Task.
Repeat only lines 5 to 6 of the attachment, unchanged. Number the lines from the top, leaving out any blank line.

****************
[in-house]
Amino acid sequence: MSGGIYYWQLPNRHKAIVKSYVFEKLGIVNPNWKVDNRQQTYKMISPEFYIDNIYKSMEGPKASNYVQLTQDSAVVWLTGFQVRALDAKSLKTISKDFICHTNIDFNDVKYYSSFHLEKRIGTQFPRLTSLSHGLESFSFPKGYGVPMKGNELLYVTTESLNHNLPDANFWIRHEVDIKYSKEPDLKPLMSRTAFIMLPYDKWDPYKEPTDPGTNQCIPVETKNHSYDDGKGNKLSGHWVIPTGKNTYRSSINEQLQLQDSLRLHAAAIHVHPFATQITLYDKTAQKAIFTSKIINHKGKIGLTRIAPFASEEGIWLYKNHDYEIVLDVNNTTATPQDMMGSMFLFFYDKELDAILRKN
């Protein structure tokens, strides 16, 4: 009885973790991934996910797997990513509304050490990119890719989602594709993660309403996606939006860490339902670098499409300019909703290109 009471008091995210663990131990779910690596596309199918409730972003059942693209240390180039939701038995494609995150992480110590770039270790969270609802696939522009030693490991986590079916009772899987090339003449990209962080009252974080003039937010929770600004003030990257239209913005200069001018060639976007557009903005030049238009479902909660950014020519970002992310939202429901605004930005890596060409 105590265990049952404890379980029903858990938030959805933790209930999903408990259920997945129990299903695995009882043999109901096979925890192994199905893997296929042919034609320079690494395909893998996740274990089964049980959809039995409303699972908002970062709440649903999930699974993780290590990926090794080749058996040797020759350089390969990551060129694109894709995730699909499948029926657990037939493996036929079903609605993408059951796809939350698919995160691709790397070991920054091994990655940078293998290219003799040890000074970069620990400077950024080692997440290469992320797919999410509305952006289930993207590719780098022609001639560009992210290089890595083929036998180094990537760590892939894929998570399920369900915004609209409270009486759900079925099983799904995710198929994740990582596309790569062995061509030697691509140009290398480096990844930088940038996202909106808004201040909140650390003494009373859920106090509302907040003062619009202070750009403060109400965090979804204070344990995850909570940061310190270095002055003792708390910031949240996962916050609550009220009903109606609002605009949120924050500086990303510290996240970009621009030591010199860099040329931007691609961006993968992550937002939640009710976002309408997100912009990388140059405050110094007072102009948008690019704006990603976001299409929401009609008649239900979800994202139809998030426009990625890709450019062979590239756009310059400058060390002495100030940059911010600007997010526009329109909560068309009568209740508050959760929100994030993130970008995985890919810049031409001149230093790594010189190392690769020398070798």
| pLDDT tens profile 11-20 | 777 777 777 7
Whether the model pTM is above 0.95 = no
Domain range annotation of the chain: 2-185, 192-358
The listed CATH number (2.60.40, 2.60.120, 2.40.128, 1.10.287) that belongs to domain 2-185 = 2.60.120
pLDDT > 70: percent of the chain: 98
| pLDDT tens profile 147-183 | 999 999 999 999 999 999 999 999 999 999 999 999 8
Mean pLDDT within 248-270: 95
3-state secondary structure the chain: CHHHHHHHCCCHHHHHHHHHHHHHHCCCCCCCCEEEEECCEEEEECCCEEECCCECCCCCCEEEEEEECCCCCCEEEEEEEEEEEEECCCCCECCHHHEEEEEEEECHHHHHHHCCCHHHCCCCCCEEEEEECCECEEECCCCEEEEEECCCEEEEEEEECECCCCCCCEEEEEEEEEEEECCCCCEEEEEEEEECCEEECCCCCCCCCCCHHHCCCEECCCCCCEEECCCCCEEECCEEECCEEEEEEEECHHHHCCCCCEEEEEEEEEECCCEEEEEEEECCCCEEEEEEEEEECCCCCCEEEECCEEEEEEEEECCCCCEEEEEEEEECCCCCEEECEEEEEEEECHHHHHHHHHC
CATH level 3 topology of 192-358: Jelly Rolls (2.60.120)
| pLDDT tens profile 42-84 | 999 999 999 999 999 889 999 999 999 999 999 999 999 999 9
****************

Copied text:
Whether the model pTM is above 0.95 = no
Domain range annotation of the chain: 2-185, 192-358